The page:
Chapter 8THE ROUTING TABLE: A CLOSER LOOK Reporters: Norly A. Estopa Namerto C. Medura Andy D. Ando Junrey F. Layao
THE ROUTING TABLE: A CLOSER LOOKObjectives: - Describe the various route types found in the routing table - Describe the routing table look-up process - Describe the routing behavior in routed networks - Determine the parent route and child route
This chapter analyzes the lookup process of the routingtable. Discuss classful routing behavior, as well as classless routingbehavior, which uses the no ip classless and ip classless commands. Also, will take a closer look at the routing table. This chapterfocuses on the structure of Ciscos IP routing table. Examine theformat of the routing table and learn about level 1 and level 2 routes.
Routing Table EntriesThe sample routing table in thefigure consists of route entries fromthe following sources:Directly connected networksStatic routesDynamic routing protocolsThe source of the route does notaffect the structure of the routingtable. The figure shows a samplerouting table with directlyconnected, static, and dynamicroutes. Notice that the Note: The routing table hierarchy in Cisco IOS was172.16.0.0/24 subnets have a originally implemented with the classful routingcombination of all three types of scheme. Although the routing table incorporates bothrouting sources. classful and classless addressing, the overall structure is still built around this classful scheme.
Level 1 Routes Routers R1 and R3 already have their interfaces configured with the appropriateIP addresses and subnet masks. We will now configure the interfaces for R2 and use debugip routing to view the routing table process that is used to add these entries. The figure shows what happens as the Serial 0/0/1 interface for R2 is configuredwith the 192.168.1.1/24 address. As soon as no shutdown is entered, the output fromdebug ip routing shows that this route has been added to the routing table.
Level 1 RoutesA level 1 route can function as a:Default route - A default route is a static route with the address 0.0.0.0/0.Supernet route - A supernet route is a network address with a mask less than the classful mask.Network route - A network route is a route that has a subnet mask equal to that of the classful mask. A network route can also be a parent route. Parent C 192.168.1.0/24 is directly connected, routes will be discussed in the Serial0/0/1 next section.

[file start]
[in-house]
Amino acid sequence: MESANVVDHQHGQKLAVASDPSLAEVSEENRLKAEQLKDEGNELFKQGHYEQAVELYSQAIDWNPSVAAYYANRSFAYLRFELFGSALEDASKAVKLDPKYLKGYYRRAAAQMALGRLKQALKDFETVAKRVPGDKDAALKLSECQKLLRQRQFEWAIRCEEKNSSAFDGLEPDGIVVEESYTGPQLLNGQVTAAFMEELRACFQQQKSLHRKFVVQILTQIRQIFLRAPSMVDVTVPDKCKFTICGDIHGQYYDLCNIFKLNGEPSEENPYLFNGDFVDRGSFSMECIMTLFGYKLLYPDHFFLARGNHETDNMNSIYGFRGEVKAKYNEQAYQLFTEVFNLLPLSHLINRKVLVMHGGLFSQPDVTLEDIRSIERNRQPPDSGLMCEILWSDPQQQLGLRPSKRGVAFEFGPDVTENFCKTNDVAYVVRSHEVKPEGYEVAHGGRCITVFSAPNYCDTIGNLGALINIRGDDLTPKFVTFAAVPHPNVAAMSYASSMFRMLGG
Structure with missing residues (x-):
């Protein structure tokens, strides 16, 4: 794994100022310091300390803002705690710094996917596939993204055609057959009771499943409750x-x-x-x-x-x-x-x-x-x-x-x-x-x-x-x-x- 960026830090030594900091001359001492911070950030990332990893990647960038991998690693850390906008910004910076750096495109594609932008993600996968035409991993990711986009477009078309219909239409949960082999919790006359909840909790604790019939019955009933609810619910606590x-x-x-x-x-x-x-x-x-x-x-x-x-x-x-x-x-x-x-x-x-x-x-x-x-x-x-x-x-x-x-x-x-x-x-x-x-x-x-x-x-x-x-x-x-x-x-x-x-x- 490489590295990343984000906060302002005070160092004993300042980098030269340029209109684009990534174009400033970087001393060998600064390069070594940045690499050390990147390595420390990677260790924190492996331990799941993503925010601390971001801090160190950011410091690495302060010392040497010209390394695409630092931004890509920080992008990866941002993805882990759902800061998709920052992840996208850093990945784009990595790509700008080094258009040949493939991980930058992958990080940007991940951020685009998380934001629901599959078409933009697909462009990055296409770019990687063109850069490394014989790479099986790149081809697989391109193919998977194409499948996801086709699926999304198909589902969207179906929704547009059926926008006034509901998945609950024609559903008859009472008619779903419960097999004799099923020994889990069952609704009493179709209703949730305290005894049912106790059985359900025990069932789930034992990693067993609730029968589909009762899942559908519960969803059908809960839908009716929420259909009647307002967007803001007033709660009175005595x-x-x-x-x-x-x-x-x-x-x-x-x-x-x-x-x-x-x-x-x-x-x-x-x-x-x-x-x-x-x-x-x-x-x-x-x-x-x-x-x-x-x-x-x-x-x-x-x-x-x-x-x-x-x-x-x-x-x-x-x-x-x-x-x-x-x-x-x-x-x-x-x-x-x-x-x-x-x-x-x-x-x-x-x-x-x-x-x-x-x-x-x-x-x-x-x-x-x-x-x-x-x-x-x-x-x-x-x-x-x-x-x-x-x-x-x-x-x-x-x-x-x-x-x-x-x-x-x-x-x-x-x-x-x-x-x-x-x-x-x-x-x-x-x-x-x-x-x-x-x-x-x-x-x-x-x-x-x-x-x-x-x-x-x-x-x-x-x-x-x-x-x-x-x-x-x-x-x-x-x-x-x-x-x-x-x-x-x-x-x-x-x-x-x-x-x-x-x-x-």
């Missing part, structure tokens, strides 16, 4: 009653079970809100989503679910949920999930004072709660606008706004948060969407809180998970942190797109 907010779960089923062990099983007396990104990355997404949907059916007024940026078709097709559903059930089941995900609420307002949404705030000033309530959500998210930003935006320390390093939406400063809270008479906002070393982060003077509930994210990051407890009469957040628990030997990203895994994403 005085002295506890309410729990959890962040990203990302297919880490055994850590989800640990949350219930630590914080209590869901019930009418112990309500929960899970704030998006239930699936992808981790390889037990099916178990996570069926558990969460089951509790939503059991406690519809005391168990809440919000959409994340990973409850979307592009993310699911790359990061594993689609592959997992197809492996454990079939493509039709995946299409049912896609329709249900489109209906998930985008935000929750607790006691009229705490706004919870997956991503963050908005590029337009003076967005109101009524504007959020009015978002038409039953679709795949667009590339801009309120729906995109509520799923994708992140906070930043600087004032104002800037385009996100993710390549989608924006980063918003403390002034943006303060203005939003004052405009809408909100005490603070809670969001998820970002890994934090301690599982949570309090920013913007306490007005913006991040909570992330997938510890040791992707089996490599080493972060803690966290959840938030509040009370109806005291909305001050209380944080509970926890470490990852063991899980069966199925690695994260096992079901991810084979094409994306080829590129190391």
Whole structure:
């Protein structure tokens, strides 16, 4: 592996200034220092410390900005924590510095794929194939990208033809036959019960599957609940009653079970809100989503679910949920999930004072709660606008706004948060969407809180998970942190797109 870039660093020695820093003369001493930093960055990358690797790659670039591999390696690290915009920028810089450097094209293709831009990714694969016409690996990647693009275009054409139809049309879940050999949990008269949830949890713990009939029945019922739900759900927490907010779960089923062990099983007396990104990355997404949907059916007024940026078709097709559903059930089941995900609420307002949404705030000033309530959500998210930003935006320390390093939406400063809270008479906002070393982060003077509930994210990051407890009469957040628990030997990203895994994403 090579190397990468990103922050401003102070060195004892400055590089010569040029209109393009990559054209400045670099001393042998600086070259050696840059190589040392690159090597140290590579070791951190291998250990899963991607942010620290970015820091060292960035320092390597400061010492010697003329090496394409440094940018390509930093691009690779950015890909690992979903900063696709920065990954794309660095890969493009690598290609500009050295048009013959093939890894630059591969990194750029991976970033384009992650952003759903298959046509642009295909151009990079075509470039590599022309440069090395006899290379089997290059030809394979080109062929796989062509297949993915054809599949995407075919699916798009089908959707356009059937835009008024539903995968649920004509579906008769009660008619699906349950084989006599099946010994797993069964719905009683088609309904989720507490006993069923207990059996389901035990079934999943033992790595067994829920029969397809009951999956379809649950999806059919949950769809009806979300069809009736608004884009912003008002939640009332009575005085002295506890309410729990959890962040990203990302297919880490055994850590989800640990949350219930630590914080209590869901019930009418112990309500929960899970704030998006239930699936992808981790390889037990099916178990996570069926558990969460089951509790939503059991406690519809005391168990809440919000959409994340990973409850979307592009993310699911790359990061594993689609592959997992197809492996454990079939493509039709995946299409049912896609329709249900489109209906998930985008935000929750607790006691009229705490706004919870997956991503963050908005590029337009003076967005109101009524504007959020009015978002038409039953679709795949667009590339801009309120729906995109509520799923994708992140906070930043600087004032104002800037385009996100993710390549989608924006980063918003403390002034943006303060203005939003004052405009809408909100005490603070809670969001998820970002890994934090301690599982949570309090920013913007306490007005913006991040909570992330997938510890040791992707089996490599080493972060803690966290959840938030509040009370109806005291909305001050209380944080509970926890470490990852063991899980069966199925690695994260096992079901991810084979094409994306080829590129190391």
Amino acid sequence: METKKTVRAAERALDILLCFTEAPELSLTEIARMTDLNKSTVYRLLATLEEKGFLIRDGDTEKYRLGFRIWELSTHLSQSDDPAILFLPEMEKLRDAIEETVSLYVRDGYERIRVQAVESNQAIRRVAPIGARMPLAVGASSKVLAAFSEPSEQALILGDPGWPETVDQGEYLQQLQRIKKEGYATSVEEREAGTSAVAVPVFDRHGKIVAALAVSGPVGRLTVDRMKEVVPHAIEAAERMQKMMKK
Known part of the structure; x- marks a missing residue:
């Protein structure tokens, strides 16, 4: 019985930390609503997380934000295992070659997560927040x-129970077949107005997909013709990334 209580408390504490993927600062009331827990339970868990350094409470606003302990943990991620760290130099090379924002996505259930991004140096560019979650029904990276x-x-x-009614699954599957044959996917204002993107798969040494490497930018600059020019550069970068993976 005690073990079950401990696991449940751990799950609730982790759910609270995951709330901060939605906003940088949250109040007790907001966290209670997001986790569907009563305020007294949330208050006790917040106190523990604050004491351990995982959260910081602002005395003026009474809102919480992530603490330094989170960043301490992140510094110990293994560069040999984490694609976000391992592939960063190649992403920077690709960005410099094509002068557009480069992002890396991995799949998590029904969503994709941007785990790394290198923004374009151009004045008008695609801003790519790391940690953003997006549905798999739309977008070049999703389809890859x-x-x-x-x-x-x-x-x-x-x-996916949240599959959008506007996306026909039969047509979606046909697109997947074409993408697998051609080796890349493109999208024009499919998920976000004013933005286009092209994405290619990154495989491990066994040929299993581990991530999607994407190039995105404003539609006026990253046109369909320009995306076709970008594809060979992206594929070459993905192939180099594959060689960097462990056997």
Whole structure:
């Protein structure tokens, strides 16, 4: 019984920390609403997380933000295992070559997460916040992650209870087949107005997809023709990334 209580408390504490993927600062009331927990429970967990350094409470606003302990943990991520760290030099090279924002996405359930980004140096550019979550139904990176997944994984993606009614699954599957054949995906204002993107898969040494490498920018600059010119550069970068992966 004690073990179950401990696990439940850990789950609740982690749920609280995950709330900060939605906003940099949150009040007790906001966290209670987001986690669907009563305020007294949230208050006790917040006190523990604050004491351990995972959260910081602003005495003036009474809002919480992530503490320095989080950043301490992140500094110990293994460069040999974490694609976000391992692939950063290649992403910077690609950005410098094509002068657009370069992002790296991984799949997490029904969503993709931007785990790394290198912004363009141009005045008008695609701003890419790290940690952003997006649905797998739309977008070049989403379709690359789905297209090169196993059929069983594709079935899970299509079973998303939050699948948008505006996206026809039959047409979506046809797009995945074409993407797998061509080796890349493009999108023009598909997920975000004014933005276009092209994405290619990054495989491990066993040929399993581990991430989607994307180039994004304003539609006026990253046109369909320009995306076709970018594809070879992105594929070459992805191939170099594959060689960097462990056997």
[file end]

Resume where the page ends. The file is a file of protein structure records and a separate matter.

Ultimate RouteThe level 1 route192.168.1.0/24 can be furtherdefined as an ultimate route.An ultimate route is a routethat includes: - either a next-hop IP address (another path) - and/or an exit interfaceThe directly connectednetwork 192.168.1.0/24 is alevel 1 network route becauseit has a subnet mask that is the C 192.168.1.0/24 is directly connected,same as its classful mask. This Serial0/0/1same route is also an ultimateroute because it contains the We will see in the next topic that level 2exit interface Serial 0/0/1. routes are also ultimate routes.
Parent and Child Routes : Classful NetworksWhen the 172.16.3.0 subnet was added to the routing table, another route,172.16.0.0, was also added. The first entry, 172.16.0.0/24, does not contain any next-hop IP address or exit interface information. This route is known as a level 1 parentroute.
A level 1 parent route is anetwork route that does notcontain a next-hop IP addressor exit interface for anynetwork.172.16.0.0/24 is subnetted, 1 subnetsA level 2 route is a route that is asubnet of a classful networkaddressC 172.16.3.0 is directly connected, FastEthernet0/0
Level 1 Parent RouteThis parent route contains the followinginformation:172.16.0.0 - The classful network address forour subnet. Remember, the Cisco IP routingtable is structured in a classful manner./24 - The subnet mask for all of the childroutes. If the child routes have variable lengthsubnet masks (VLSM), the subnet mask will beexcluded from the parent route and includedwith the individual child routes. This will beshown in a later section.is subnetted, 1 subnet - This part of the routespecifies that this is a parent route and in thiscase has one child route, that is, 1 subnet.
Level 2 Child RouteThe second entry, 172.16.3.0, is the actualroute for our directly connected network. Thisis a level 2 route, also known as a child route,and contains the following information:C - The route code for directly connectednetwork.172.16.3.0 - The specific route entry.is directly connected - Along with the routecode of C, this specifies that this is a directlyconnected network with an administrativedistance of 0.FastEthernet0/0 - The exit interface forforwarding packets that match this specificroute entry.